The Complete History of the Cigar
The Cigar. A tightly rolled wrap that consists of both fermented and dried tobacco leaf, which comes in various shapes and sizes. The cigar is an elegant and old-fashioned celebratory item that has been smoked since 1492. The history of the cigar is rich and detailed, and features many different accounts of what really happened. Overall, the various differentiations of the historical account of the cigar has not severely impacted the common understanding of it’s history.
In the year 1492 Christopher Columbus sailed the ocean blue (I’m sure you learned this in your elementary school class at some point). When Columbus was sailing the ocean blue he landed in what many claim to be Cuba and other’s claim to be some random Central American country. Either way, society sees cigar history beginning with the Mayans.
The Mayans met Columbus on the shores and quickly introduced him to their abundant and lively crop known as tobacco. He soon was shown how to use this crop: to smoke it. Columbus took a strong liking to this crop he discovered in the New World and figured that he should bring it back to his home country, Spain, which is part of the Old World. Columbus eventually returned to Spain and introduced the new crop to both King Ferdinand II and Queen Isabella. This was the first sign of expansion of the newly discovered crop, which ultimately led to the cigar.
Cuba’s Impact on Globalizing the Cigar
When Columbus came into contact with the Cuban natives, also known as the Tanio, they were the only ones who were educated enough in the subject of tobacco to know how to roll it. Columbus’s discovery in Cuba exploited Spain in terms of the quality of tobacco and cigars that Spain produced. It proved that Cuba’s cigars were choice.
A reason that Cuba’s cigars were premium in terms of quality was because of the fertile land and the specific climate that they had. Both the land and the climate allowed all three types of tobacco leaves used in a cigar to thrive; this includes the wrapper, binder, and filler. Soon word had spread all across the Old World that Cuba was a gold mine for cigars, which promoted heavy trading between Europe and Asia. Ships would sail to Cuba, pick up tobacco, and then trade it to Asia, or vice-versa. Cuba’s initial impact on the cigar industry in the 15th century has been everlasting, and continues to help solidify Cuba as a perennial power in the cigar industry even to this day.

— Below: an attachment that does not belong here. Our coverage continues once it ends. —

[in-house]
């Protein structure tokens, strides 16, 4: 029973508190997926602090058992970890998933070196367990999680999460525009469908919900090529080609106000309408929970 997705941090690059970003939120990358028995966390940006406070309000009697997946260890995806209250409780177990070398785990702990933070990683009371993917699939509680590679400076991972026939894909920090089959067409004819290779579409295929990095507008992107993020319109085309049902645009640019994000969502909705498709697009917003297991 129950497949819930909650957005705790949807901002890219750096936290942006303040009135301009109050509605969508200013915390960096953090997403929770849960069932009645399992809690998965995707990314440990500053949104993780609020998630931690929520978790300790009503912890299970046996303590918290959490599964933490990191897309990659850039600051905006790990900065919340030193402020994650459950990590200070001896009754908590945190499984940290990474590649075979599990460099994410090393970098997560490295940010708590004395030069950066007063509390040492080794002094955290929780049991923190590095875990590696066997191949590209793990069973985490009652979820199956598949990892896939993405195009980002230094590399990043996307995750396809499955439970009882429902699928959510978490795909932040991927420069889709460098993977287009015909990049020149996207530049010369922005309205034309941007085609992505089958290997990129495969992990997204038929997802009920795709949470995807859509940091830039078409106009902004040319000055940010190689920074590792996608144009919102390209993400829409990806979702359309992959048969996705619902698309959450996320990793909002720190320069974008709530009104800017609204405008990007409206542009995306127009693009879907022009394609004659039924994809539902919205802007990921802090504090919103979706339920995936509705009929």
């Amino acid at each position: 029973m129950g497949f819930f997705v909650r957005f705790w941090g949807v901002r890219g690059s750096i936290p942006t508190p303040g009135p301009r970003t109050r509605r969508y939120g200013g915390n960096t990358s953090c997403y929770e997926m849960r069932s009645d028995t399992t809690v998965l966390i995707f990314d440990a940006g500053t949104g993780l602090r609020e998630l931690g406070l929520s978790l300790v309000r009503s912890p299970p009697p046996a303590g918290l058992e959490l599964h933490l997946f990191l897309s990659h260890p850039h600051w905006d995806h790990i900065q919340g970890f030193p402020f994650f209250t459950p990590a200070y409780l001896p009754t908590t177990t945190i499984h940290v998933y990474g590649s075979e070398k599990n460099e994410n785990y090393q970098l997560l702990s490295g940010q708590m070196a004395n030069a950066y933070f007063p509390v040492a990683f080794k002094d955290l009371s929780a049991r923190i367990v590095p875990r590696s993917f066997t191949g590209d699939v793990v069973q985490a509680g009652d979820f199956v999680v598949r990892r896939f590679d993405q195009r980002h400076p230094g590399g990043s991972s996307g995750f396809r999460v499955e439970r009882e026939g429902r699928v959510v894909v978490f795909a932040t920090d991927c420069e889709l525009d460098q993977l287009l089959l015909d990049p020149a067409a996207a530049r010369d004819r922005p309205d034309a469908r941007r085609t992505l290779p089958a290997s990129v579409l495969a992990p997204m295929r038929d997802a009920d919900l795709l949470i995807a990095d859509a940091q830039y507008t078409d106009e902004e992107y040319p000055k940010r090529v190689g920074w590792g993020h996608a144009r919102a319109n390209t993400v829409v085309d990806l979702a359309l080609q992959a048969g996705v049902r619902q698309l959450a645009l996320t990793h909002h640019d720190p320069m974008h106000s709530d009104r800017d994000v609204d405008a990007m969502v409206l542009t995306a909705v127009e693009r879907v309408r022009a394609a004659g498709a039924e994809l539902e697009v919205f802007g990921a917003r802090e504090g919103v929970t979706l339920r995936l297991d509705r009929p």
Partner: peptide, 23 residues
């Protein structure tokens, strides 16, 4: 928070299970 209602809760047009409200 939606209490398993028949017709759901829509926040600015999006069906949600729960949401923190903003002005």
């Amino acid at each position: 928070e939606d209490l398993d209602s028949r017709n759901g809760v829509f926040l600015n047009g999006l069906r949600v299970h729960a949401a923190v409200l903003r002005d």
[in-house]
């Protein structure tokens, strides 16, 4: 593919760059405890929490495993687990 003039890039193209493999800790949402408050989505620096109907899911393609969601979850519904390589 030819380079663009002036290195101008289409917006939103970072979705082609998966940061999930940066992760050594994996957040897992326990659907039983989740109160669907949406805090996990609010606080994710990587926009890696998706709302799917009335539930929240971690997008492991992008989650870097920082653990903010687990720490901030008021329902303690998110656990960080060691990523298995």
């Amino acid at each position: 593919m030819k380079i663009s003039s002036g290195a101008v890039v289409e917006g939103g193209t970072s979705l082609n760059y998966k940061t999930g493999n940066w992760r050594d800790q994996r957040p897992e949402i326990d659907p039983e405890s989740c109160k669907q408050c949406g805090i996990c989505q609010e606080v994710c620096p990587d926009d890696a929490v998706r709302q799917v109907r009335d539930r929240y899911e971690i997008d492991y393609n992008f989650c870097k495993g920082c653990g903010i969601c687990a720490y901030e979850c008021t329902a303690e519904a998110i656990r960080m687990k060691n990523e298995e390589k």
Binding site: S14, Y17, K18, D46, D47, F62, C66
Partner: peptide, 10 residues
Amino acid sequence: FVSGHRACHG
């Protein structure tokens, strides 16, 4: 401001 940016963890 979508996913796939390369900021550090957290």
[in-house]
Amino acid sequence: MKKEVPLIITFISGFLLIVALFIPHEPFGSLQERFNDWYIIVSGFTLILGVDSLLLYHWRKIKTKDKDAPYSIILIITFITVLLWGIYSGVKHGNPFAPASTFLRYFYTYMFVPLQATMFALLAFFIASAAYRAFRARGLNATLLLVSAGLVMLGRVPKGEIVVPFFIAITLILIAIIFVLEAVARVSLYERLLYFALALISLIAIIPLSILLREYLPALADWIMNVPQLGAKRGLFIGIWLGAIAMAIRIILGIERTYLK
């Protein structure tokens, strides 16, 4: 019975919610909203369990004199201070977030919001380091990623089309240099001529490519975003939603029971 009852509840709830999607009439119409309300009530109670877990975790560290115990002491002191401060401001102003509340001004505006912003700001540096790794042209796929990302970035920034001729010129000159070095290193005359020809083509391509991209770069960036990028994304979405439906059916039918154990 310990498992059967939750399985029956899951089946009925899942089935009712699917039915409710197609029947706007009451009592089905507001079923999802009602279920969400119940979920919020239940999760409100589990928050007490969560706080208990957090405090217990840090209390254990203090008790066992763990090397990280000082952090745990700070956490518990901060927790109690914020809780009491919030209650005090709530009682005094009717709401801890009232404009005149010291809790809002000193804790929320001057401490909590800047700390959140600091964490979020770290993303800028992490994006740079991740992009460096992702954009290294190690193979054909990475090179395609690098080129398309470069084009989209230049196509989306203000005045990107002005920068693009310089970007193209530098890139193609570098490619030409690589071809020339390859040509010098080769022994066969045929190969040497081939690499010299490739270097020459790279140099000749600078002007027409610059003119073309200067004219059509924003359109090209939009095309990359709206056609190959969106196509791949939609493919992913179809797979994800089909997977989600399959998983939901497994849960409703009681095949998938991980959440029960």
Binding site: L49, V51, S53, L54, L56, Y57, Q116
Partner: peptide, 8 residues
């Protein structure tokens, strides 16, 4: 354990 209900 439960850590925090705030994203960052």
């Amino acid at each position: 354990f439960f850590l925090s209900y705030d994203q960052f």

Cigars in the 1800’s
The 1800’s was the first time the cigar became commercialized. The mid to late 19th century was the apex of cigar popularity. Somewhere between 120 and 130 private New York City apartments were running home cigar manufacturing businesses. The Civil War was also a big factor of the 19th century that contributed to the commercialization of the cigar. During this time most cigars were made up of American wrappers and Cuban fillers. The Civil War Era (1861-1865) is known to many cigar history buffs as the Golden Age of Cigars. People call it that because it was the time in American history when the government began to make rules for cigar makers. A high demand and government involvement shows the cigar’s incremental rise in the free market. These rules consisted of things such as number of cigars per box, type of boxes, notices, warnings, taxes, and licenses.
The Golden Age of Cigars also extends to England. During the 1960’s, the wooden mold cigar was invented in England; this was a revolutionary creation. After this innovation, England did not stop pushing the boundaries of the cigar. The English also created rings for the cigar. In the modern day these are called bands. Most companies have preset bands, but speciality companies such as Custom Tobacco allow you to customize your band with anything you like. This ranges from your full last name, to aesthetic designs, and even holiday themes. Customizable companies such as Custom Tobacco also allow you to pick any blend and wrapper of your choice.
The 1800’s was a time for innovation and experimentation in the cigar world, this allowed the tobacco industry to thrive and develop its mark in society, which helped cigars gain success in the years to come.
Cigars in the Early 1900’s
Production, production, production. Even though the Industrial Revolution took place 70 some odd years before 1900, the 20th century was the industrial revolution in terms of cigars. Technology was still advancing at a high rate in the United States (before the Depression), which helped cigars become mass produced. Every US factory was producing on average 4,000 boxes of cigars a year, but there were 27,366 factories in the US. The most efficient factory was pumping out cigars like a hose pumps out water. This cigar factory produced 20,000 cigars per day. In 20th century United States, many cities were still developing, but a city that was strongly established was the Big Apple, New York City.